Stealth Borrowing Europe’s Shadow Budget

Trying to revive Europe’s economy through leveraged financing comes at considerable risk to taxpayers, argues the head of Munich’s Ifo Institute.
One for all and all for one?

European Commission President Jean-Claude Juncker wants to mobilize no less than €315 billion, or $356 billion, for his investment program, double the E.U. budget. A massive leveraged stimulus program is supposed to breathe life back into Europe.

The money is to be collected via the European Fund for Strategic Investment, which is backed by guarantees from the European Commission worth €16 billion, and €5 billion in capital from the European Investment Bank it achieved by revaluing its assets.

The EFSI is meant to have a leveraged financial capacity of €63 billion, but by encouraging private investment, the volume will reach €315 billion. Many have been asking themselves where such a miraculous increase in money is supposed to come from.

The answer came from the European Central Bank two weeks ago in the form of quantitative easing: The bank would buy €1.1 trillion in state debt. Twelve percent of this program, some €132 billion, is meant to be used to purchase securities of European institutions, for which all national banks will be responsible.

Not private investors, but taxpayers are to be the quiet bearers of the risk posed by these joint liabilities. German Chancellor Angela Merkel’s categorical ‘nein’ to euro bonds will now be circumvented by semantics.

My problem is the massive debt-financed shadow budget being assembled to run alongside E.U. and national budgets. Hans-Werner Sinn, Ifo institute

The European Commission will put together the list of investments from suggestions already provided by E.U. members

The Ifo institute has assessed the still-incomplete list. It turns out that by December 4, 2014 all 28 countries had put forward potential projects.

The volume of the roughly 2,000 registered projects was €1.3 trillion, of which around €500 billion would be spent between 2015 and 2017. Of that, approximately 53 percent were public projects, 15 percent were public-private partnerships and 21 percent private projects. Some 10 percent of projects could not be put in one of those categories.

Very few projects were of a cross-border nature. Normally, they were projects that fell within the purview of national governments.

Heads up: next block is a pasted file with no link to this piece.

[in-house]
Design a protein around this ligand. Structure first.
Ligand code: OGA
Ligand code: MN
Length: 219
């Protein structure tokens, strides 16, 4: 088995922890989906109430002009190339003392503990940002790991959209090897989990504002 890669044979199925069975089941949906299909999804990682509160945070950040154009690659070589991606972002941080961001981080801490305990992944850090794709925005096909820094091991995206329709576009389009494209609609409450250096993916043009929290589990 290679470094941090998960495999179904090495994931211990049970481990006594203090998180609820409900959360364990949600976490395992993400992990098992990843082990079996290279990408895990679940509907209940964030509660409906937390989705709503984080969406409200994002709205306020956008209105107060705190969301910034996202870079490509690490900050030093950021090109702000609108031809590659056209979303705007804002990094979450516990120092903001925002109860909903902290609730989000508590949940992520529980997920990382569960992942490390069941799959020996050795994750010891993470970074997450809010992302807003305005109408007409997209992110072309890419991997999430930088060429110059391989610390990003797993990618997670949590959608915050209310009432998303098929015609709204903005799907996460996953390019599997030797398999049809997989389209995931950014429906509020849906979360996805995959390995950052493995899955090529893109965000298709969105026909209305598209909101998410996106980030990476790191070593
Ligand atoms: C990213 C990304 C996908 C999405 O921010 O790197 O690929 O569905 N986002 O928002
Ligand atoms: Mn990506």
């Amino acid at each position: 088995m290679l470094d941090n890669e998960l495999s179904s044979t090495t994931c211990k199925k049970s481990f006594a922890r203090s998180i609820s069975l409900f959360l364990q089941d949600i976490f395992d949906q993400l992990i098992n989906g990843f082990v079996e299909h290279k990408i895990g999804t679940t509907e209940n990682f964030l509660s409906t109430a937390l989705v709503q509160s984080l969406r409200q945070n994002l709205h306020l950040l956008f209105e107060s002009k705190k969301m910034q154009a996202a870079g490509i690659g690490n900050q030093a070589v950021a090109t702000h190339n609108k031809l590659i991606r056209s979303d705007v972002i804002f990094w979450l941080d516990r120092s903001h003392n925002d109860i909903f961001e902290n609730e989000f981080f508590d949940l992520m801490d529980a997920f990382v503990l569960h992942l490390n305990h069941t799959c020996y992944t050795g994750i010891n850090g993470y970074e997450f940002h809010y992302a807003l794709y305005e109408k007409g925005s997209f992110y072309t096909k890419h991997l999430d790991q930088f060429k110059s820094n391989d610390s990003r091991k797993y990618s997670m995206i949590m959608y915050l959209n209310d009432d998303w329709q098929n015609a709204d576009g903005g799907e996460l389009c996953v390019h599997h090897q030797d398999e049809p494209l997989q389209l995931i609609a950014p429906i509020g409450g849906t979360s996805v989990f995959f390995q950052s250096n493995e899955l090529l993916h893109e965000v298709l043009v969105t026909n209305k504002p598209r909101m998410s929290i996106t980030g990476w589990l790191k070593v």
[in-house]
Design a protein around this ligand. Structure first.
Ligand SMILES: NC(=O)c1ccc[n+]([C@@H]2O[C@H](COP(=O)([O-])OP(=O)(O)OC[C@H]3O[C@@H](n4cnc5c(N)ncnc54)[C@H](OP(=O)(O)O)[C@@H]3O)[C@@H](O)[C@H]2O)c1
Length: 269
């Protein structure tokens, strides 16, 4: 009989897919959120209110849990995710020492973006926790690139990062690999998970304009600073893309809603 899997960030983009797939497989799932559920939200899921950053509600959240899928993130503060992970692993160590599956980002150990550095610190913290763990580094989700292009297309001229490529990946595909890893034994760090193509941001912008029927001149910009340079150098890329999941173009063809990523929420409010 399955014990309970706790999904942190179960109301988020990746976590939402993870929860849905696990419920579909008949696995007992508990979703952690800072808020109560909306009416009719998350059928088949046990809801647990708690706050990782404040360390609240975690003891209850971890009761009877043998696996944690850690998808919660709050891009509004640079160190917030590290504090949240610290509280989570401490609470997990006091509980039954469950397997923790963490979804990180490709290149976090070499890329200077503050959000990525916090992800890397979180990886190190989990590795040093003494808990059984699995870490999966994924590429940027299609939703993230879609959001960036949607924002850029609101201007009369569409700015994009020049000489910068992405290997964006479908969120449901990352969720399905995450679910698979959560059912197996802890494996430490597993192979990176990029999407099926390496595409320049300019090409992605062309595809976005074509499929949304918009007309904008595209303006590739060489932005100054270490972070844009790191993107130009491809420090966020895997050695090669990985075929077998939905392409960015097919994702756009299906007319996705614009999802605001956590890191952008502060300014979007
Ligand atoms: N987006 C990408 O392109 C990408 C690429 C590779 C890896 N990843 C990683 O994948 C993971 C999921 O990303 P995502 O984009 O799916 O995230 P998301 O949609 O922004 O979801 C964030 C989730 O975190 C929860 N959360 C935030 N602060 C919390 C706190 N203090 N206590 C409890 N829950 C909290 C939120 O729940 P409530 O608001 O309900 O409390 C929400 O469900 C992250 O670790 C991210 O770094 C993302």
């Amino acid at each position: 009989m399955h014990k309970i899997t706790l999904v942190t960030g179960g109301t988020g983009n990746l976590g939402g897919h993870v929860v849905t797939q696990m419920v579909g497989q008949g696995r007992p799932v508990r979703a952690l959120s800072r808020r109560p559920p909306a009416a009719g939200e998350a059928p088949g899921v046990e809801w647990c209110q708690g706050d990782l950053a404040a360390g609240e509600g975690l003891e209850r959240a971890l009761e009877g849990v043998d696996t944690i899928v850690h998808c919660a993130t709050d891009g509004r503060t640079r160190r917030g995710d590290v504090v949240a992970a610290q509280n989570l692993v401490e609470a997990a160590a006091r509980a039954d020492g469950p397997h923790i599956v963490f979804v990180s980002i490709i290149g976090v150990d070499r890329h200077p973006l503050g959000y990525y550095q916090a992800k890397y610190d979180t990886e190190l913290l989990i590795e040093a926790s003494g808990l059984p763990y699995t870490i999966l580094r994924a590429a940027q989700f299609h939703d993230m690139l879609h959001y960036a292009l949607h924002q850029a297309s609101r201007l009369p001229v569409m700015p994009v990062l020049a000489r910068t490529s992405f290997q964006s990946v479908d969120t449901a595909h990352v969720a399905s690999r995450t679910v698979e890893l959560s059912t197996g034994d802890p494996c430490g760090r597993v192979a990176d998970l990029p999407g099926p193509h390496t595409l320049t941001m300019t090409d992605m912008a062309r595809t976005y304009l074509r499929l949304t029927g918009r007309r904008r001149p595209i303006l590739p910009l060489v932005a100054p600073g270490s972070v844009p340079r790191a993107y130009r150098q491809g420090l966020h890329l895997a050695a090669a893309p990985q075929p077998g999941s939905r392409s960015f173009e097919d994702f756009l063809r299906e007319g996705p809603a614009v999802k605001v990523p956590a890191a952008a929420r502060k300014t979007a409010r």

I don’t assume that the program will be an economic flop. After all, the €315 billion targeted for a three-year period accounts for 2.3 percent of the European Union’s gross domestic product. This would still be a sizeable stimulus program, even spread over three years.

My problem is rather the massive debt-financed shadow budget being assembled to run next to the E.U. and national budgets and the risks it poses to Europe’s taxpayers.

Since each country under the protection of common liability can take on more debt at the same interest rate, regardless of its own credit worthiness, projects will be financed in countries that have already burned huge amounts of capital and are not normally able to find funding on the financial markets.

The proposed distortion of the market will – just like other collective protection mechanisms created during the euro crisis – increase the politically influenced misdirection of European investment capital.

On top of this, only a small part, if any at all, of the the new common-liability-enabled mountain of debt will be show on national budgets. That will blow out the debt limits of E.U. countries, for example, the Growth and Stability Pact, which says an E.U. member's deficit cannot exceed 3 percent of gross domestic product, or the fiscal pact from 2012, which prescribes cutting overall debt levels of E.U. nations.

Banks have long been accused of taking on too much risk through shadow accounting and by using overseas special purpose entities. It’s truly worrying that governments are now using similar tricks.


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